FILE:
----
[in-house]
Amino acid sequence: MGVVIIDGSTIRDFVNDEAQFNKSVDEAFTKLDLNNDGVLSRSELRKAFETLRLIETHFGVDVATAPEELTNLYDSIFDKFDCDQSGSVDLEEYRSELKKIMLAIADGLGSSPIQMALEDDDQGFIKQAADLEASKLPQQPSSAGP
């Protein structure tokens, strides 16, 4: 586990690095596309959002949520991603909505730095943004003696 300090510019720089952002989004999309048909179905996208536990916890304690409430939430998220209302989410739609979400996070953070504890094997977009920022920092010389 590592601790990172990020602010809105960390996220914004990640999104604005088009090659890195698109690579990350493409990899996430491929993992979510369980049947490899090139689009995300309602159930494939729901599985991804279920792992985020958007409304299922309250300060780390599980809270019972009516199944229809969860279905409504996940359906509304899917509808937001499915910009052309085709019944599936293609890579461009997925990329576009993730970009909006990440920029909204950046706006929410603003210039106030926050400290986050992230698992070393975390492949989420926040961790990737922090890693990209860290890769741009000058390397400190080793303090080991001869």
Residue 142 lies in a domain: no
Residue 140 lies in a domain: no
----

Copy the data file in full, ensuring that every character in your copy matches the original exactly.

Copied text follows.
[in-house]
Amino acid sequence: MGVVIIDGSTIRDFVNDEAQFNKSVDEAFTKLDLNNDGVLSRSELRKAFETLRLIETHFGVDVATAPEELTNLYDSIFDKFDCDQSGSVDLEEYRSELKKIMLAIADGLGSSPIQMALEDDDQGFIKQAADLEASKLPQQPSSAGP
């Protein structure tokens, strides 16, 4: 586990690095596309959002949520991603909505730095943004003696 300090510019720089952002989004999309048909179905996208536990916890304690409430939430998220209302989410739609979400996070953070504890094997977009920022920092010389 590592601790990172990020602010809105960390996220914004990640999104604005088009090659890195698109690579990350493409990899996430491929993992979510369980049947490899090139689009995300309602159930494939729901599985991804279920792992985020958007409304299922309250300060780390599980809270019972009516199944229809969860279905409504996940359906509304899917509808937001499915910009052309085709019944599936293609890579461009997925990329576009993730970009909006990440920029909204950046706006929410603003210039106030926050400290986050992230698992070393975390492949989420926040961790990737922090890693990209860290890769741009000058390397400190080793303090080991001869």
Residue 142 lies in a domain: no
Residue 140 lies in a domain: no